Will France be internationally competitive in new technologies in 2030? What about 2050? Yes, says a new government-sponsored report, provided that the country can hone its competitive advantages, prioritising sustainable development and taking a cross-cutting approach to technological innovation.

Innovation in France: More Structured Approach Required

The French Government Centre for Strategic Analysis has just published a report which looks at how innovative technologies can help to make the country’s energy, transport and buildings sectors competitive on the world stage in the coming decades, putting the emphasis on sustainable development practices as a lever for economic growth, preservation of the environment and social progress. The report looks at the current levels of maturity of the various technologies in the three sectors, and assesses how they are likely to compare at international level in the medium term (to 2030) and long term (to 2050).  The authors’ conclusion is that the outlook for technology in France is a rather fragmented, uncoordinated picture, which will make it extremely difficult to take a systematic approach to technological innovation – seen as absolutely essential – or to find a solid basis on which to set priorities. The report then makes four concrete proposals intended to enable France to achieve a competitive edge in new technologies that will foster sustainable development.

Four proposals

In order to achieve the basic objectives, the Centre for Strategic Analysis advises first of all not to attempt short cuts, but to follow the natural cycle of technical and economic development for any given innovation and study how the innovation can be integrated into the existing framework. In this regard, France’s policymakers also need to have a clear understanding of the strengths and weaknesses of the country’s research ecosystem and overall industrial infrastructure. Secondly, the policymakers should encourage the use of competitive renewable energies for electricity generation, prioritising research, development and demonstration work on those technologies whose production cost is currently higher than a given level to be decided. The third proposal suggests broadening the approach to energy-efficient buildings to encompass larger areas – housing blocks or whole city districts – in order to take advantage of lower-cost local energy resources. Fourthly, investing in cross-cutting technologies will help France to make decisive progress, say the authors.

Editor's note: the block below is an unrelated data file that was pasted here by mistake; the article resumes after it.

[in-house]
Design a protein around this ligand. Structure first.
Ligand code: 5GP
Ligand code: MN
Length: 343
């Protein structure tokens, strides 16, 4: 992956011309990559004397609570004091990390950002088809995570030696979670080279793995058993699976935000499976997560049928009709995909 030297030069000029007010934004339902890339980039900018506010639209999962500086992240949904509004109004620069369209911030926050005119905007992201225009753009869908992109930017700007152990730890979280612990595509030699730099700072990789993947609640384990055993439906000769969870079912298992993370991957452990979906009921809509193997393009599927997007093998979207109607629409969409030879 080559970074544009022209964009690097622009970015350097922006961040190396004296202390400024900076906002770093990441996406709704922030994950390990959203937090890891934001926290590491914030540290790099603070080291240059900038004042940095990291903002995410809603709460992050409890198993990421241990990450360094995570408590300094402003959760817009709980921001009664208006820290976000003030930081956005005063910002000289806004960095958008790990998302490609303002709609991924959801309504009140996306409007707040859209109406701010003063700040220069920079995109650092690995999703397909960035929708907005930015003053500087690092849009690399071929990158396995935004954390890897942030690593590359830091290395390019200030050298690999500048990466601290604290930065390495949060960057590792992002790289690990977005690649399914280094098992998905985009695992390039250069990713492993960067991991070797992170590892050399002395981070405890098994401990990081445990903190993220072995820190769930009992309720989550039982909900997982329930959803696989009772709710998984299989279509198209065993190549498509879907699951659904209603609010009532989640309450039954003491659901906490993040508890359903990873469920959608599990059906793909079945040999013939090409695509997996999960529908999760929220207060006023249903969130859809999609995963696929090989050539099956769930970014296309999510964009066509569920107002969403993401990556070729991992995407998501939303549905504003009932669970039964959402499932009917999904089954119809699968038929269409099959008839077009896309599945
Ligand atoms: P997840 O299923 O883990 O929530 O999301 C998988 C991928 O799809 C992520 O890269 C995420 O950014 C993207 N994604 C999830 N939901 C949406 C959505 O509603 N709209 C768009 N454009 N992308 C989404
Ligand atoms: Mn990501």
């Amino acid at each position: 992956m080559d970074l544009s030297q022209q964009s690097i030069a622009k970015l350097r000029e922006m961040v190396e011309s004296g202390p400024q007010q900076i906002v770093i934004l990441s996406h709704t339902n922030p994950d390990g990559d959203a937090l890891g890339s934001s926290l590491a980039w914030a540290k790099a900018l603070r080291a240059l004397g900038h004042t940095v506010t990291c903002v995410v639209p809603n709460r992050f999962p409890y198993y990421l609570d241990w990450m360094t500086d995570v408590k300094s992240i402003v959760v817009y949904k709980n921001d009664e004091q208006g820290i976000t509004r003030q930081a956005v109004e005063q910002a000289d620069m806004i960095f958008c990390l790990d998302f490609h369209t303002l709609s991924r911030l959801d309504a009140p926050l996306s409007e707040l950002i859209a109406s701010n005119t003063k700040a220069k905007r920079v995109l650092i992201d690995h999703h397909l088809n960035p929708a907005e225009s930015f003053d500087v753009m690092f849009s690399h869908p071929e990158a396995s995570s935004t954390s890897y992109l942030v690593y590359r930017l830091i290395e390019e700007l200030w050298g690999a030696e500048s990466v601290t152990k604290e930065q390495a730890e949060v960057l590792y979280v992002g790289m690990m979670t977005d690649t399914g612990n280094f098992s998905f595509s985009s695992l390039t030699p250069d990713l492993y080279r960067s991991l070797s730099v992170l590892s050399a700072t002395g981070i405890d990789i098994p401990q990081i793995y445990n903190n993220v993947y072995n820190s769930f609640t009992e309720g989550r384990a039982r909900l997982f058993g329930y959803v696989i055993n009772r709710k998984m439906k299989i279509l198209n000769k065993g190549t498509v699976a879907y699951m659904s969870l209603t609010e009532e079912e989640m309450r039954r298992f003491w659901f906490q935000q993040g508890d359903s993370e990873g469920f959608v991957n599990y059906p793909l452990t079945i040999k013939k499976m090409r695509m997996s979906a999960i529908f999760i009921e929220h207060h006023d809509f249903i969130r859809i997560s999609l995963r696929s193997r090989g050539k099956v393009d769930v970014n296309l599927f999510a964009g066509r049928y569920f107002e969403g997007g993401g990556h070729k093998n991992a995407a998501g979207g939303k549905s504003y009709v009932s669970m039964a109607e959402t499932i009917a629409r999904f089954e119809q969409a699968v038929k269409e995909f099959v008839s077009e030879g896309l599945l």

Breaking through the silos

Which technologies will be decisive when it comes to promoting sustainable development and fostering economic growth in France over the coming decades? The report’s authors have identified several areas which constantly come up in the three major sectors analysed: metrology (measurement techniques), nanotechnology, command-control systems – especially for ‘smart’ buildings with ‘networked’ equipment and services – and information and communication technologies (ICTs). The report makes it clear that reducing energy consumption and mitigating overall human impact on the environment is not just a matter of developing and applying new technologies. Companies working in the energy, buildings and transport sectors need to be part of a structured approach to innovation. In the buildings sector, for example, contractors in each individual area – construction, operation and maintenance – must be encouraged to break out of their narrow silos and work smoothly together, stresses the report.